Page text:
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Open Access Highly Accessed Research article

Stereotactic body radiotherapy for organ-confined prostate cancer

Alan J Katz*, Michael Santoro, Richard Ashley, Ferdinand Diblasio and Matthew Witten

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Winthrop University Hospital, 264 Old Country Road, Mineola, NY 11501, USA

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Citation and License

BMC Urology 2010, 10:1  doi:10.1186/1471-2490-10-1

The electronic version of this article is the complete one and can be found online at: http://www.biomedcentral.com/1471-2490/10/1


Received:8 July 2009
Accepted:1 February 2010
Published:1 February 2010

© 2010 Katz et al; licensee BioMed Central Ltd.

This is an Open Access article distributed under the terms of the Creative Commons Attribution License (http://creativecommons.org/licenses/by/2.0), which permits unrestricted use, distribution, and reproduction in any medium, provided the original work is properly cited.

Abstract

Background

Improved understanding of prostate cancer radiobiology combined with advances in delivery of radiation to the moving prostate offer the potential to reduce treatment-related morbidity and maintain quality of life (QOL) following prostate cancer treatment. We present preliminary results following stereotactic body radiotherapy (SBRT) treatment for organ-confined prostate cancer.

Methods

SBRT was performed on 304 patients with clinically localized prostate cancer: 50 received 5 fractions of 7 Gy (total dose 35 Gy) and 254 received 5 fractions of 7.25 Gy (total dose 36.25 Gy). Acute and late toxicity was assessed using the Radiation Therapy Oncology Group scale. The Expanded Prostate Cancer Index Composite questionnaire was used to assess QOL. Prostate-specific antigen response was monitored.

Results

At a median 30-month (26 - 37 month, range) follow-up there were no biochemical failures for the 35-Gy dose level. Acute Grade II urinary and rectal toxicities occurred in 4% of patients with no higher Grade acute toxicities. One Grade II late urinary toxicity occurred with no other Grade II or higher late toxicities. At a median 17-month (8 - 27 month, range) follow-up the 36.25 Gy dose level had 2 low- and 2 high-risk patients fail biochemically (biopsy showed 2 low- and 1 high-risk patients were disease-free in the gland). Acute Grade II urinary and rectal toxicities occurred in 4.7% (12/253) and 3.6% (9/253) of patients, respectively. For those patients with a minimum of 12 months follow-up, 5.8% (12/206) had late Grade II urinary toxicity and 2.9% (6/206) had late Grade II rectal toxicities. One late Grade III urinary toxicity occurred; no Grade IV toxicities occurred. For both dose levels at 17 months, bowel and urinary QOL returned to baseline values; sexual QOL decreased by 10%.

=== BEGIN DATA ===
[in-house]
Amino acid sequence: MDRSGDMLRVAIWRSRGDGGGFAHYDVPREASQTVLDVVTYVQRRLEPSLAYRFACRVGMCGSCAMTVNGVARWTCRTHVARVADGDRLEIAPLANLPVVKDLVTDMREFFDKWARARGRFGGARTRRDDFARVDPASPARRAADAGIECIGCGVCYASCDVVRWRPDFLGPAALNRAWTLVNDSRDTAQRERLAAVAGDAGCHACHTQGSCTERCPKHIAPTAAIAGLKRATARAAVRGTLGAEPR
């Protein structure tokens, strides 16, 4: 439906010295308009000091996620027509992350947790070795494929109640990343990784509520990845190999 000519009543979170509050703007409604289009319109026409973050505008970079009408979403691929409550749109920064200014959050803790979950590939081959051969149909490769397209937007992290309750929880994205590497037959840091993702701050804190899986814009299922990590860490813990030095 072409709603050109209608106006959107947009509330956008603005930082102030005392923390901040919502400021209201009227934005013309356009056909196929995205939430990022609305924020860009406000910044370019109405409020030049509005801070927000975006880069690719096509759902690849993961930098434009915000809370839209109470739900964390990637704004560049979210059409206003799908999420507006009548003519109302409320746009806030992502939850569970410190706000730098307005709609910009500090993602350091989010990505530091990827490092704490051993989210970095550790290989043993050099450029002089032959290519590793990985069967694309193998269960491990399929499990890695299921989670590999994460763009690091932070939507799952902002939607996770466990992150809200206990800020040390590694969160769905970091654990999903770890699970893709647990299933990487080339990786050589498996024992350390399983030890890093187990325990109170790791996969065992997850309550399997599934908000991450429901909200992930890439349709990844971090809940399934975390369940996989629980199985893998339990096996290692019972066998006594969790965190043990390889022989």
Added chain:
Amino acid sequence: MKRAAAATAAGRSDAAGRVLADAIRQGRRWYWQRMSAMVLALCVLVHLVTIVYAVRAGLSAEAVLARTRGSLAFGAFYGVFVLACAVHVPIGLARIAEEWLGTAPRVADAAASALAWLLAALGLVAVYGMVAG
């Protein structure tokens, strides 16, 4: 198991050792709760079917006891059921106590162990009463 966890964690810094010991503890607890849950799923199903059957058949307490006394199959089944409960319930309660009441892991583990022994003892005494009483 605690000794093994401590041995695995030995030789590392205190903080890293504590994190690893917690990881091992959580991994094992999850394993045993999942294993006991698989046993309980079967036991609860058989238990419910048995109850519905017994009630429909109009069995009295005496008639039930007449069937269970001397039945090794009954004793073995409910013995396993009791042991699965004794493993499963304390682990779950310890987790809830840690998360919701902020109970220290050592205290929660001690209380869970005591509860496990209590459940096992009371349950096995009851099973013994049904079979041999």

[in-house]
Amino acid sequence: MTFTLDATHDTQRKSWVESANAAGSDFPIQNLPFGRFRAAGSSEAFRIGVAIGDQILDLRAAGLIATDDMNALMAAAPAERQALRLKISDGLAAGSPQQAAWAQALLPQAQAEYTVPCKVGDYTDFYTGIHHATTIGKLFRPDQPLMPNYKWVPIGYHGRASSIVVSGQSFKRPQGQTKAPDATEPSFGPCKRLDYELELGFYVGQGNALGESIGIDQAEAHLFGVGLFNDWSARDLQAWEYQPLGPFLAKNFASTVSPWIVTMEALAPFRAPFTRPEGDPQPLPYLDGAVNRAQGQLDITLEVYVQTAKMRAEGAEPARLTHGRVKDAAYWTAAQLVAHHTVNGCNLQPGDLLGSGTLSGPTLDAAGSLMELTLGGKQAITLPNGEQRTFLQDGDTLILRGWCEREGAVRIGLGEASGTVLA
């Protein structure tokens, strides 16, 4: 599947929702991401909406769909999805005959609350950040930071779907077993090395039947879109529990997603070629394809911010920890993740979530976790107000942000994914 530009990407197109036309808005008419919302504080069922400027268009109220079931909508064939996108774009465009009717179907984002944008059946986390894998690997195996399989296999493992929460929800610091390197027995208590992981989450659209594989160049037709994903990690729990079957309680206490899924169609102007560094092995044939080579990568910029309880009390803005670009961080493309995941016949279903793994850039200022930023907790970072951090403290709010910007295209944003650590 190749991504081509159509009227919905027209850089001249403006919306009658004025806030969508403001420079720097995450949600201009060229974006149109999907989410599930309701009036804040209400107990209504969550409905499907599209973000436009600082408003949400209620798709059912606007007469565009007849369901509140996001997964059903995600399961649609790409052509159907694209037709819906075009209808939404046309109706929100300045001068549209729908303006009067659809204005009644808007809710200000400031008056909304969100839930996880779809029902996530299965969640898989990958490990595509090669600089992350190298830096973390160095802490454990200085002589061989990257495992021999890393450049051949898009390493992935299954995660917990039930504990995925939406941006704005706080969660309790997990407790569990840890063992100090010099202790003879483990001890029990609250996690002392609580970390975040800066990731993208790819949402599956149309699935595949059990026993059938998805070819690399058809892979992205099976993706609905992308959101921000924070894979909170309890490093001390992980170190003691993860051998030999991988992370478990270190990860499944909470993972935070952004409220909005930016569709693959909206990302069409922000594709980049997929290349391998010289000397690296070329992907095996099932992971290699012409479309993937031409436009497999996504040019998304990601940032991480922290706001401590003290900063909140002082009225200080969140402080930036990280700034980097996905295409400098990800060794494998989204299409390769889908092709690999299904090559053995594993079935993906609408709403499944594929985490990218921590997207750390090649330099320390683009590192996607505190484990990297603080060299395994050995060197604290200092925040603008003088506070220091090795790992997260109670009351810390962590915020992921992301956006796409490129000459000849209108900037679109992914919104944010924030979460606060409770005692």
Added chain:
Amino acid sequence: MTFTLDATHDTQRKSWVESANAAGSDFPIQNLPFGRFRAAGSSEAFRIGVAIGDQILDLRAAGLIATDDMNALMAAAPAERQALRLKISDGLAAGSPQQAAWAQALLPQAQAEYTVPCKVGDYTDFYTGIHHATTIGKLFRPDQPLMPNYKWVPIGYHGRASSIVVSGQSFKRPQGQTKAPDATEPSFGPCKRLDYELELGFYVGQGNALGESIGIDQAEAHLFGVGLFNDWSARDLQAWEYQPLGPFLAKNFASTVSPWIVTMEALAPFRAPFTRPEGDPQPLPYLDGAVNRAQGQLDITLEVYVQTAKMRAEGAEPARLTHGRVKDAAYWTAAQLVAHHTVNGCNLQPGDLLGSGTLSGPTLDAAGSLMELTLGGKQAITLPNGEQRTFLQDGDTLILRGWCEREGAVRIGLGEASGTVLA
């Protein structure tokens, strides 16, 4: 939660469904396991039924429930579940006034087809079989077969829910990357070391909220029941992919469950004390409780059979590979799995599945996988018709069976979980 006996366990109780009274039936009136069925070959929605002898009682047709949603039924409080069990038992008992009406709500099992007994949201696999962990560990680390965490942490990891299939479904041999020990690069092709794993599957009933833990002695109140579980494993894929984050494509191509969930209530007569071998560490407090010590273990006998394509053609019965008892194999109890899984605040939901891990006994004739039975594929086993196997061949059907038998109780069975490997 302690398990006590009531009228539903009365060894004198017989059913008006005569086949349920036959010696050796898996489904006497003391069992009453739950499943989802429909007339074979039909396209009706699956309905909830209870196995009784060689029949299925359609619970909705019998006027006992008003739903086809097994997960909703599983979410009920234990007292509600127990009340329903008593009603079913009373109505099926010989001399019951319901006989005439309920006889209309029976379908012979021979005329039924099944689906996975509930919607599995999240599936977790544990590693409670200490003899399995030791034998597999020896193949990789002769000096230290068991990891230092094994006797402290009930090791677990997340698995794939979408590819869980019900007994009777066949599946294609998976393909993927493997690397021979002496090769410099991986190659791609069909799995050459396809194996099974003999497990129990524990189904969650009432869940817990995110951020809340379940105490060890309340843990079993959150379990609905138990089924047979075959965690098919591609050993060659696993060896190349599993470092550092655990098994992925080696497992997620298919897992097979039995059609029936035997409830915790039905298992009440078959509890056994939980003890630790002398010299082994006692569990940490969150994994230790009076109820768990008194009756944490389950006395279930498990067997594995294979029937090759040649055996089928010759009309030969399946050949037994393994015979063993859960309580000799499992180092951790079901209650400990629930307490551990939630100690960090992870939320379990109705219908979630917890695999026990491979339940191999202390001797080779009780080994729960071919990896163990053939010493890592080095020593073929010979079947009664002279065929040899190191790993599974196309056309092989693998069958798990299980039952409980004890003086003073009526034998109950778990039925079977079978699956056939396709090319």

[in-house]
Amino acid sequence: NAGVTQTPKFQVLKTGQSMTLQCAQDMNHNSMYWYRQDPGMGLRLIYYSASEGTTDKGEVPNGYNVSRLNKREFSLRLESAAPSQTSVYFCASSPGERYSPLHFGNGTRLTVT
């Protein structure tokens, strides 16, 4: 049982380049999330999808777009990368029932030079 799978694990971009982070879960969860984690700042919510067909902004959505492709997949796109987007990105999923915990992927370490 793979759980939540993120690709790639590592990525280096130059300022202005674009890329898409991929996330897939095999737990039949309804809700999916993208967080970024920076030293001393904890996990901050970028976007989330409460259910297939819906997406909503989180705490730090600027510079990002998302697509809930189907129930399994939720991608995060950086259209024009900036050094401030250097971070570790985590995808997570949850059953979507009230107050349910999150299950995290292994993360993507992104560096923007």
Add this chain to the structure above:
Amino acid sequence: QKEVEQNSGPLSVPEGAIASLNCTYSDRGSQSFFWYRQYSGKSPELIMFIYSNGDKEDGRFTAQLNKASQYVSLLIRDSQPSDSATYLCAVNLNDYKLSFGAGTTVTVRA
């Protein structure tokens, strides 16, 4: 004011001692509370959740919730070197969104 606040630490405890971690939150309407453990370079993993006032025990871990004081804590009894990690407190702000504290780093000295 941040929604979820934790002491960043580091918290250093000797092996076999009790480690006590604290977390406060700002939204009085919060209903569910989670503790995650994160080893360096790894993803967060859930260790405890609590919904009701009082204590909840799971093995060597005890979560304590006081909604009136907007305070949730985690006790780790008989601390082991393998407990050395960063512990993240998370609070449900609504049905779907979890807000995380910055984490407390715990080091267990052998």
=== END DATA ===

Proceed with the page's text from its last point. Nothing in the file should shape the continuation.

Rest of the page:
Conclusions

The low toxicity and maintained QOL are highly encouraging. Additional follow-up is needed to determine long-term biochemical control and maintenance of low toxicity and QOL.

Background

Conventional treatments for localized prostate cancer target local control at the potential expense of morbidity and decreased quality of life. Urinary function impairment has been reported to occur in 5-28% of patients at 2 years after radical prostatectomy (RP) and in 2-14% of patients at 2 years after external beam radiation therapy (EBRT) [1,2]. Bowel distress is reported in 3 - 21% of RP and 8 - 37% of EBRT patients 2 years after treatment [2]. Erectile dysfunction has been reported at rates of 51-82% and 30-51% two-years following RP and EBRT, respectively [2-4]. Sexual quality of life estimates show similar results for these treatments [1]. Indeed, the rate of such complications, and the extent to which they reduce the quality of life of prostate cancer patients, contributed to a recent recommendation from the United States Preventive Services Task Force (USPTF) against routine prostate-specific antigen (PSA) screening for prostate cancer in men aged 75 or older [5].

Advances in targeted radiation delivery and a modern understanding of the radiobiology of prostate cancer suggest approaches to controlling prostate cancer while decreasing treatment-related toxicity. Radiobiologically, slowly proliferating prostate cancer cells are thought to have a low α/β ratio; a recent review of 17 studies estimated an average α/β ratio of 1.85 Gy [6]. This low α/β ratio suggests that prostate cancer has high sensitivity to dose per fraction, which suggests that a hypofractionated radiation delivery regimen, with a large radiation dose delivered in a smaller number of fractions, may be advantageous.